Some Afghans at the airport in Kabul, Afghanistan, are using American passports that do not belong to them in an attempt to be approved for resettlement in the United States, NBC News reports.
At the Hamid Karzai International Airport in Kabul, NBC News reports that State Department officials have detailed five cases where Afghans attempted to use fraudulent American passports to try to get on flights bound for the U.S.
In addition, NBC News reports that vital biometric screening of Afghans looking to come to the U.S. is not being conducted at the airport in Kabul.
NBC News reports:
Vetting at Hamid Karzai International Airport is complicated by the fact that biometric screening isn’t available, according to an internal State Department memo obtained by NBC News. The U.S. mission team reported at least five cases of Afghans who presented U.S. passports that didn’t belong to them, according to the Sunday dispatch from the Afghanistan Task Force, highlighting fraud concerns and complicating the process of screening people to enter the airport. [Emphasis added]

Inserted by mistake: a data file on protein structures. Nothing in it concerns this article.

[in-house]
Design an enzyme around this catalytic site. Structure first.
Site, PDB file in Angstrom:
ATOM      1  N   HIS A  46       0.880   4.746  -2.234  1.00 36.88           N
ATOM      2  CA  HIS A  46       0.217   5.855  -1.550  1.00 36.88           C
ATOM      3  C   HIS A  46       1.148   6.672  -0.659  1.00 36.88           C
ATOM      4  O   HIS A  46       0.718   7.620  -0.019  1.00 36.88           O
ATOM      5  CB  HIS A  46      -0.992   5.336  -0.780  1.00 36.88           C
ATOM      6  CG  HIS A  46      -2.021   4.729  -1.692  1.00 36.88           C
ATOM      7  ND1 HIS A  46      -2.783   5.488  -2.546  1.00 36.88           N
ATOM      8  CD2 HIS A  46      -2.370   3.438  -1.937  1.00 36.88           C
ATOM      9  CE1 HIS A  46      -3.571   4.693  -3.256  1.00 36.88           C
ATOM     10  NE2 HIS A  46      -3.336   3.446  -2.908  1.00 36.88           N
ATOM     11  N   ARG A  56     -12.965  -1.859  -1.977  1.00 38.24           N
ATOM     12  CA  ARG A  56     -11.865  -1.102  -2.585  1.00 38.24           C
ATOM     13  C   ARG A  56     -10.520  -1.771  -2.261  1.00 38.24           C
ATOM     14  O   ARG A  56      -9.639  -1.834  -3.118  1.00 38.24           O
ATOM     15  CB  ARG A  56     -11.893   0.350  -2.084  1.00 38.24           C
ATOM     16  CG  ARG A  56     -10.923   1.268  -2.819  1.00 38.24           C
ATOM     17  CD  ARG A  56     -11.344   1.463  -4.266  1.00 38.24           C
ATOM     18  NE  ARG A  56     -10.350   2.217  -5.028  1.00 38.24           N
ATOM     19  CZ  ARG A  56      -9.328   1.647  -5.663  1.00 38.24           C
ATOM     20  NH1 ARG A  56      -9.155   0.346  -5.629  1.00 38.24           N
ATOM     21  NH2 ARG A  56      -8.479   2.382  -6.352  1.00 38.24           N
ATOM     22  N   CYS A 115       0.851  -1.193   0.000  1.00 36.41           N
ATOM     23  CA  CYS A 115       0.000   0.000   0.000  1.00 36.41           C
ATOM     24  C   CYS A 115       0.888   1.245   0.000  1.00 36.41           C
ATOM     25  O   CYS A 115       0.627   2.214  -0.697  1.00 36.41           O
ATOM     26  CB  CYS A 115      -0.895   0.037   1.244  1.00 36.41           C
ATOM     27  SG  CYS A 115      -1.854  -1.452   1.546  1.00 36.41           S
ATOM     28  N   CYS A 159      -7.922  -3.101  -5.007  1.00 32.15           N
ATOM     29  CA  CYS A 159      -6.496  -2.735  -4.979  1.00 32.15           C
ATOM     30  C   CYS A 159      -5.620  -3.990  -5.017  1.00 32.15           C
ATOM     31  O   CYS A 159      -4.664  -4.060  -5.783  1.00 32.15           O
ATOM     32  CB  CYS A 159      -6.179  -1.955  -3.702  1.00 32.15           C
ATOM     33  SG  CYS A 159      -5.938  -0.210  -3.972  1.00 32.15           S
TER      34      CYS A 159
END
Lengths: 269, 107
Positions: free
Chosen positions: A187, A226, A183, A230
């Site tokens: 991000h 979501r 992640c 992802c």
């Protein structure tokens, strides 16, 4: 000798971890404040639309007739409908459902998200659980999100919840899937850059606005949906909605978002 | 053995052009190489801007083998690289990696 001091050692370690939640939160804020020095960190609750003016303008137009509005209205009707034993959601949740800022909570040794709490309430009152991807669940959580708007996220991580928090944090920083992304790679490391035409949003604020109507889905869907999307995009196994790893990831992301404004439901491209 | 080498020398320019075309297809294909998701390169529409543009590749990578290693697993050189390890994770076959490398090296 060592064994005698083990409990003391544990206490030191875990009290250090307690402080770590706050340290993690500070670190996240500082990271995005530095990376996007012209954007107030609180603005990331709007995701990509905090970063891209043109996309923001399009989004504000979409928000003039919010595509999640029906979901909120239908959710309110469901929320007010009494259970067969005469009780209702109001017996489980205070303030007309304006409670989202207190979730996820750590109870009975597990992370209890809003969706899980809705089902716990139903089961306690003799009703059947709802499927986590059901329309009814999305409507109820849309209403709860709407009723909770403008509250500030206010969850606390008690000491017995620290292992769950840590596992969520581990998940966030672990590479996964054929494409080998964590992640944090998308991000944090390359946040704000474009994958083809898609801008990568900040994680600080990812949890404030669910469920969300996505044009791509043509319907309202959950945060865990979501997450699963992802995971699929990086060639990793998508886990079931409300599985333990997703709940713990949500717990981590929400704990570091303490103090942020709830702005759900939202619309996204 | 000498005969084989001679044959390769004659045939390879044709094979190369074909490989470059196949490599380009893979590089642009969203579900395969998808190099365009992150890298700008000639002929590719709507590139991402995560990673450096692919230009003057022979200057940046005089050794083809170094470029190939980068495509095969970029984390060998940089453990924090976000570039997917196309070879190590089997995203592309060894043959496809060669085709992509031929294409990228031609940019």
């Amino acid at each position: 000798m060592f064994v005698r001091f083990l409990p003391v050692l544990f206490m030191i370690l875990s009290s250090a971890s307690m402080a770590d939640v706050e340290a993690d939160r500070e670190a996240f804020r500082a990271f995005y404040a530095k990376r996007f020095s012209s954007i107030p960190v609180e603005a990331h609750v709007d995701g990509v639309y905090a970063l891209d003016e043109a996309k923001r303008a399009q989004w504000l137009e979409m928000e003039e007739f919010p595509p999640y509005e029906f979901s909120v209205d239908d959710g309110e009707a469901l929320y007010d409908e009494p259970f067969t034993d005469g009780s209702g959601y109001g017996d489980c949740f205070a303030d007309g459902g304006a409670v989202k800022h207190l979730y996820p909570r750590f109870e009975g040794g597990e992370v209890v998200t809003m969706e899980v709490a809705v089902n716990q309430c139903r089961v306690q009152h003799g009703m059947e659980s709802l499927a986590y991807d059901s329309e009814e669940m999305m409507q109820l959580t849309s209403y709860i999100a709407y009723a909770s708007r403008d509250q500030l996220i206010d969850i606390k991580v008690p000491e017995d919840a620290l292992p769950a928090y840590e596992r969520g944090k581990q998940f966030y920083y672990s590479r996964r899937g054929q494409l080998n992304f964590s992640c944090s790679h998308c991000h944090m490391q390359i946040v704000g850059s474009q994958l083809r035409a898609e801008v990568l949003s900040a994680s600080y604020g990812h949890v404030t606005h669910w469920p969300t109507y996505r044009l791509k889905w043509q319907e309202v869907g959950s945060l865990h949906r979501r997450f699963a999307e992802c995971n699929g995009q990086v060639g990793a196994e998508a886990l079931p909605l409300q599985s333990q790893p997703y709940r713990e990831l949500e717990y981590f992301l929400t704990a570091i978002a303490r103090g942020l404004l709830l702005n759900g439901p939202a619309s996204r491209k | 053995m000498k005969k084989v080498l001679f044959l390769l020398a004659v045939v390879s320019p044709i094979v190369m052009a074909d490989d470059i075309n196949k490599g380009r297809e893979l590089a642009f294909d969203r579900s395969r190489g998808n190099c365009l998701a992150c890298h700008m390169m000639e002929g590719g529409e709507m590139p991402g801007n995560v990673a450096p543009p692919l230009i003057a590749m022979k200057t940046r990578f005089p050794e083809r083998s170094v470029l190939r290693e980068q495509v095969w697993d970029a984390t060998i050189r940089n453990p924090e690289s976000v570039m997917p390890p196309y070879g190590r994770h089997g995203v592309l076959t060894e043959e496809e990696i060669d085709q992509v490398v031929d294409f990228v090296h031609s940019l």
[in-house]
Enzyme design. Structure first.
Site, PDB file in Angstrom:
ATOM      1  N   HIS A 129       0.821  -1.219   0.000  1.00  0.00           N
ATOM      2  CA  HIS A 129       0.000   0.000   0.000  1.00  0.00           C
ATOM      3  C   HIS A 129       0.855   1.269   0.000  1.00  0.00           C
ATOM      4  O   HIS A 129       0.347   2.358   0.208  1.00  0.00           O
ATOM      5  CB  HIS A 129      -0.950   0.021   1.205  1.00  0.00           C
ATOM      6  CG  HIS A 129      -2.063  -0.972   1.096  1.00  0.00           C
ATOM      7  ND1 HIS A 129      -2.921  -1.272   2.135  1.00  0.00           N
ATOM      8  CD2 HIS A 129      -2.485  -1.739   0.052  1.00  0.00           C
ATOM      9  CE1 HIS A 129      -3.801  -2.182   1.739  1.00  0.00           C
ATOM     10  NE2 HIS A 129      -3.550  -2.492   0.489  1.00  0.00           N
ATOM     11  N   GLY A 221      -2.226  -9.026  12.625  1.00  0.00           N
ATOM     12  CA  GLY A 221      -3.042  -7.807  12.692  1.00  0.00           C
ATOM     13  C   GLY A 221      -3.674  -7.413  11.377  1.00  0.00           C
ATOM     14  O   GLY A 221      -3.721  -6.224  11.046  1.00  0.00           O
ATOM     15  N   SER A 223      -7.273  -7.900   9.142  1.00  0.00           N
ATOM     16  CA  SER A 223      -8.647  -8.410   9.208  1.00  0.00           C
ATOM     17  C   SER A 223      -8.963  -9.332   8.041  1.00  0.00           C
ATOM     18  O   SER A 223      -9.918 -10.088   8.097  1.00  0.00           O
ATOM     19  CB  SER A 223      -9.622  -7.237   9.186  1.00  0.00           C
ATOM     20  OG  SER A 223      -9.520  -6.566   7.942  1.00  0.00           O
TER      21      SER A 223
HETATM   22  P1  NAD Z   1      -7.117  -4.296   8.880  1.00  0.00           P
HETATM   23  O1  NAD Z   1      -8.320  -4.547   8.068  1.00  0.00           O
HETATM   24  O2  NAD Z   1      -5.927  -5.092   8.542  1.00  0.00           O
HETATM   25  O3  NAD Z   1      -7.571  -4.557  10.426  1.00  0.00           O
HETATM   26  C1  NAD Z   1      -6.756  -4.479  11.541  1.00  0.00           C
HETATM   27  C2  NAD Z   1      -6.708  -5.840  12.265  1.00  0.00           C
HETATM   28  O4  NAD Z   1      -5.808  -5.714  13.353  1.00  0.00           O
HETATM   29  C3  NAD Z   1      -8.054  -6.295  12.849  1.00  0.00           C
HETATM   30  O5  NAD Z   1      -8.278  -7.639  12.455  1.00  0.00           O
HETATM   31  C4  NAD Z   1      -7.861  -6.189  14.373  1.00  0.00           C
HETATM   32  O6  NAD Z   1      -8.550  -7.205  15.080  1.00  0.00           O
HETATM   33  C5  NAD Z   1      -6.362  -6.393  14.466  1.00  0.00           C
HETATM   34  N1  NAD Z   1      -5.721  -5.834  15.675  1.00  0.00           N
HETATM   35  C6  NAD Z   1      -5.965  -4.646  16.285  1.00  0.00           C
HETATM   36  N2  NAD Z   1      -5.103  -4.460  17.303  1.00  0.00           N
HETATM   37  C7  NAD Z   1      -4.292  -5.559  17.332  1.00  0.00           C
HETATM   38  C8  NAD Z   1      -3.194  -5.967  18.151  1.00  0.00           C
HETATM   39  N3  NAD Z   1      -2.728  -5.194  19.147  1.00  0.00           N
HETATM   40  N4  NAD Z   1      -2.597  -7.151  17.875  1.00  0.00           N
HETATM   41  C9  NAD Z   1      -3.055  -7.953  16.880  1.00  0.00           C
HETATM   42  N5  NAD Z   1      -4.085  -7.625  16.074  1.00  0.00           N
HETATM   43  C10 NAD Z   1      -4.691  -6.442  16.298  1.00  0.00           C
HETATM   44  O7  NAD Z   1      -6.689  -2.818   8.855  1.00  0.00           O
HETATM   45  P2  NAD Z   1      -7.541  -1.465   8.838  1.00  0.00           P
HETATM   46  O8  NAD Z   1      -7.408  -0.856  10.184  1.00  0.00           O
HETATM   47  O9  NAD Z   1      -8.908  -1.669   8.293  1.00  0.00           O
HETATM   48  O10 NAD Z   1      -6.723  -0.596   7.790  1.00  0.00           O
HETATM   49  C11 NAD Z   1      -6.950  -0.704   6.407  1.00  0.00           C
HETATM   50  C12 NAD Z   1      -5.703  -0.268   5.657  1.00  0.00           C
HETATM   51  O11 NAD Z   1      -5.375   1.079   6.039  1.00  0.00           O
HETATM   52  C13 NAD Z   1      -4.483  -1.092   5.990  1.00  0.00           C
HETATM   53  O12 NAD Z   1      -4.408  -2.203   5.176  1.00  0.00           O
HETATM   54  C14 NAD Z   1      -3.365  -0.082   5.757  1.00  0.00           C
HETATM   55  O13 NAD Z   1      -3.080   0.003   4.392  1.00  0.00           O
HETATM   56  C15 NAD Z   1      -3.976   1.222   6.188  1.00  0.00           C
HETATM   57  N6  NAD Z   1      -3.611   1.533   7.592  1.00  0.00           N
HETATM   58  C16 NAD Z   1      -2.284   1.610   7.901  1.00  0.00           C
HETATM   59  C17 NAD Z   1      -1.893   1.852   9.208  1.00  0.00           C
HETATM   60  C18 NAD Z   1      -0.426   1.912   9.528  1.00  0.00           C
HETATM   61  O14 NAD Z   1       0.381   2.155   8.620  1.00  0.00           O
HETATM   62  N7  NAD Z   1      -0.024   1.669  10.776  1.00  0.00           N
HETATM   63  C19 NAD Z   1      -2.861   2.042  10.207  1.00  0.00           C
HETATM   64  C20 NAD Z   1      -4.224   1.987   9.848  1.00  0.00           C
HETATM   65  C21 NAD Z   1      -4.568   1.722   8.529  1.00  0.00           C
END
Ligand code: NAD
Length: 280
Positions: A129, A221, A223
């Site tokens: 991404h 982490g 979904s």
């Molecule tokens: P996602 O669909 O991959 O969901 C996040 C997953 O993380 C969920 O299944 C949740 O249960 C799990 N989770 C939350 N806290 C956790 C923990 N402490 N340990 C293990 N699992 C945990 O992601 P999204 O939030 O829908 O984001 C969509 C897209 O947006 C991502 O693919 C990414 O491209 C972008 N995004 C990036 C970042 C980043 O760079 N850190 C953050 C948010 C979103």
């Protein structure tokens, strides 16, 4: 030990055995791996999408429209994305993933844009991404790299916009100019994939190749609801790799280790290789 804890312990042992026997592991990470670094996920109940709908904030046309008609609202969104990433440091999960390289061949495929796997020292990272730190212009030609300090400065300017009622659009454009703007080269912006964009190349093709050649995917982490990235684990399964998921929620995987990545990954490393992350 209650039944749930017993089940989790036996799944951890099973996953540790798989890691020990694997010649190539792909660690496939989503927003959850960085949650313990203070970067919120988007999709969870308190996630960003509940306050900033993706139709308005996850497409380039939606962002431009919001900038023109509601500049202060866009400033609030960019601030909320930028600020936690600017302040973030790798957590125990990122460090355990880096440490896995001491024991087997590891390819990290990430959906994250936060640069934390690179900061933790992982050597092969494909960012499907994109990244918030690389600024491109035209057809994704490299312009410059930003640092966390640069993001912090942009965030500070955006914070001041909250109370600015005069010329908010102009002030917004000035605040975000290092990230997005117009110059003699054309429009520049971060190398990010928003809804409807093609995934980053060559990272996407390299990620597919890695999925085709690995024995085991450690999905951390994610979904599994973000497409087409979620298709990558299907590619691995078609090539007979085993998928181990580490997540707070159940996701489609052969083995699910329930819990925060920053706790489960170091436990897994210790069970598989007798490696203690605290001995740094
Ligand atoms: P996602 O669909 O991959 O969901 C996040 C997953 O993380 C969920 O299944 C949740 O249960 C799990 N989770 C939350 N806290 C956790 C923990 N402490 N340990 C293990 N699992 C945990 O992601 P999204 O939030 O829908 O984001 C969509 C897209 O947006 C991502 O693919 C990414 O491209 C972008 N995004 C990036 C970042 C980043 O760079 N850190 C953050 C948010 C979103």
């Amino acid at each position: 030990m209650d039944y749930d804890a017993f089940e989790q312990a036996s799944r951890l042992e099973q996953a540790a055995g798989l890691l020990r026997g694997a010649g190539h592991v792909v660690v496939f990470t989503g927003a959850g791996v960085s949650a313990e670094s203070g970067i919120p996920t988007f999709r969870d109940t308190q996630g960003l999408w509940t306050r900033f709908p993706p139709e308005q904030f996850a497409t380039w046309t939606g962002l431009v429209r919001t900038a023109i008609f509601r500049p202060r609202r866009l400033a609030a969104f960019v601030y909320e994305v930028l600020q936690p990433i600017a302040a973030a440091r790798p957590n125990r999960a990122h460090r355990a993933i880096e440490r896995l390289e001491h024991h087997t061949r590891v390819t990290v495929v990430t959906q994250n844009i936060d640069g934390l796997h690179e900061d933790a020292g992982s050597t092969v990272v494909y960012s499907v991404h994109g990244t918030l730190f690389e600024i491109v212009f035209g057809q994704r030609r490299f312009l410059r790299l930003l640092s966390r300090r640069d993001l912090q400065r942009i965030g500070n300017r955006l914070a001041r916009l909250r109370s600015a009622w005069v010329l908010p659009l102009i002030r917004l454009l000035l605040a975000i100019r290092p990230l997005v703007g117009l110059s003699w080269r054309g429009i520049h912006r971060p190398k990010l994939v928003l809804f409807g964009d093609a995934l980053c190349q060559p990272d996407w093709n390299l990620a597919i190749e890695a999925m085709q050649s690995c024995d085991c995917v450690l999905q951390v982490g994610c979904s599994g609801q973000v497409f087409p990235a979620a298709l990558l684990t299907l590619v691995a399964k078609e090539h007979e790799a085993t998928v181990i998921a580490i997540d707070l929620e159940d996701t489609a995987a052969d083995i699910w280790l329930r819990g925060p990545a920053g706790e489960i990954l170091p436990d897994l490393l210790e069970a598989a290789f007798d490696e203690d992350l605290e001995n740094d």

The NBC News report also states that officials with the CIA, the Pentagon, and members of Congress are outraged that the U.S. will not stay in Afghanistan longer to evacuated more Afghans to resettle across the U.S.
NBC News reports:
“People are furious and disgusted,” said a former U.S. intelligence official who declined to be quoted by name. A defense official said he grew nauseated as he considered how many Afghan allies would be left behind. [Emphasis added]
At the CIA, “officers feel a real sense of obligation, moral obligation and personal obligation” to the Afghans they supported and trained, said former CIA Director John Brennan, an NBC News national security consultant.
While touting that Afghans are undergoing background checks before their arrival in the U.S., the Biden administration is set to provide “humanitarian parole” to about 50,000 Afghans. That will allow them to come to the U.S. without having secured a visa and without having finalized their immigration processing.
After having humanitarian parole for a year or so, the thousands of Afghans would be able to adjust their status. Many are likely to take advantage of Temporary Protected Status (TPS) to remain in the U.S.
John Binder is a reporter for Breitbart News. Email him at firstname.lastname@example.org. Follow him on Twitter here.